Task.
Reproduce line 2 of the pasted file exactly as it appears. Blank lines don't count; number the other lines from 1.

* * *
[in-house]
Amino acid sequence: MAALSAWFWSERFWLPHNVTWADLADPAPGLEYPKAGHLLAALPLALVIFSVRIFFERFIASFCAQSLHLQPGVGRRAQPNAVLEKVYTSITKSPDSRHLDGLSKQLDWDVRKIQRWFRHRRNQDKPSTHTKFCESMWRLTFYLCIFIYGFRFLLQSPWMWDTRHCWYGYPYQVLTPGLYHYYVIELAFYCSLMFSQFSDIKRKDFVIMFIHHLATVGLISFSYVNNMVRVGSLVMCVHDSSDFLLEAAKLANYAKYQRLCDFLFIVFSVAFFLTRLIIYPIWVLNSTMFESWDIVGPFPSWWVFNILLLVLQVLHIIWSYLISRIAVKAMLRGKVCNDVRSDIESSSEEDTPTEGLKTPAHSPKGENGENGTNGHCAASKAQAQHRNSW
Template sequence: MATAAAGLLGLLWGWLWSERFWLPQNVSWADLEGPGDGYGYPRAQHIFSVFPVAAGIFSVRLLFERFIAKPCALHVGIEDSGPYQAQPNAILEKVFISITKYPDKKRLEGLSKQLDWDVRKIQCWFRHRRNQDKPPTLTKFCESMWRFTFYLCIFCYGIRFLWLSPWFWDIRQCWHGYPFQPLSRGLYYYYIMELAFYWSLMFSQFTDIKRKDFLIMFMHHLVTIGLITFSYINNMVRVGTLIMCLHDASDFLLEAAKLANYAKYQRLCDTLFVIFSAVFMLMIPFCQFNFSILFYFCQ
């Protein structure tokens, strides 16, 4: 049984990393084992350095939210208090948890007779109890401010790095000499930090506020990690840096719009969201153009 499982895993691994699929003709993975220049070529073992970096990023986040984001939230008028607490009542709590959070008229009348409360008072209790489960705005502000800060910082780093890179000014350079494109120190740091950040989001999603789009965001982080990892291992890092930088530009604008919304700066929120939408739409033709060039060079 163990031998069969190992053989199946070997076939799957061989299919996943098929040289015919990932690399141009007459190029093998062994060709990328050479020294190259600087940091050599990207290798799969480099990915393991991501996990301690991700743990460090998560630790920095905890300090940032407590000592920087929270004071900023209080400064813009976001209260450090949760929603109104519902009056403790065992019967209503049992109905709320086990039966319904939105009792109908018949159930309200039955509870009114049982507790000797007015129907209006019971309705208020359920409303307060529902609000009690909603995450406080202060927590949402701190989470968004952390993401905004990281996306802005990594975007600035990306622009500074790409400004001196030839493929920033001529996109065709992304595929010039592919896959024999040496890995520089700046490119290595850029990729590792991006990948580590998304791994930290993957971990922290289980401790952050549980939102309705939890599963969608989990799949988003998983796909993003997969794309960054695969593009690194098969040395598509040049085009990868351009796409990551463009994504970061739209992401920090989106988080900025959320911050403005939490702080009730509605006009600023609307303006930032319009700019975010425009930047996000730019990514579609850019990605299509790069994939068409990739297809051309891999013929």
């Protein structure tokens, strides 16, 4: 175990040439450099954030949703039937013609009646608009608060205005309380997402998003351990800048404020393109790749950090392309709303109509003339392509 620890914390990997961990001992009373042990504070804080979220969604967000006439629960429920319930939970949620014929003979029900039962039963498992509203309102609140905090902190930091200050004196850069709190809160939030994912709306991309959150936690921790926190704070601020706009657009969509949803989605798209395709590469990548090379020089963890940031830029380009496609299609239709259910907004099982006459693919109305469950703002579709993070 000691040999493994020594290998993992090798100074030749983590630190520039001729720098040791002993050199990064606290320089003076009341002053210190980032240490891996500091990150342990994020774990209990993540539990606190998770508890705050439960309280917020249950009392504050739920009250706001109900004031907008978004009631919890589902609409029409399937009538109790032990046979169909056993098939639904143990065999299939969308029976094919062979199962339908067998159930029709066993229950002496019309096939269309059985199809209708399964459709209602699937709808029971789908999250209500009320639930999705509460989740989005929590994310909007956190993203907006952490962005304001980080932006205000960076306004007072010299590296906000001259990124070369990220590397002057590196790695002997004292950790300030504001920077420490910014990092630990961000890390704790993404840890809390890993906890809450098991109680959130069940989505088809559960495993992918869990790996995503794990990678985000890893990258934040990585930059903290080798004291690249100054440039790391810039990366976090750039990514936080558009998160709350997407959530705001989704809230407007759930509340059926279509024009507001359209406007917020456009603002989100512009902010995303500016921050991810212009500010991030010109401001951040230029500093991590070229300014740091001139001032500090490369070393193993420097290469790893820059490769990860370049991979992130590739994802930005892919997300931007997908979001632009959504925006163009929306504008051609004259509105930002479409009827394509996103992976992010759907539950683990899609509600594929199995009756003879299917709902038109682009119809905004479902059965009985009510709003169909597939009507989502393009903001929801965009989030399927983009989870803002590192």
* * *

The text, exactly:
Amino acid sequence: MAALSAWFWSERFWLPHNVTWADLADPAPGLEYPKAGHLLAALPLALVIFSVRIFFERFIASFCAQSLHLQPGVGRRAQPNAVLEKVYTSITKSPDSRHLDGLSKQLDWDVRKIQRWFRHRRNQDKPSTHTKFCESMWRLTFYLCIFIYGFRFLLQSPWMWDTRHCWYGYPYQVLTPGLYHYYVIELAFYCSLMFSQFSDIKRKDFVIMFIHHLATVGLISFSYVNNMVRVGSLVMCVHDSSDFLLEAAKLANYAKYQRLCDFLFIVFSVAFFLTRLIIYPIWVLNSTMFESWDIVGPFPSWWVFNILLLVLQVLHIIWSYLISRIAVKAMLRGKVCNDVRSDIESSSEEDTPTEGLKTPAHSPKGENGENGTNGHCAASKAQAQHRNSW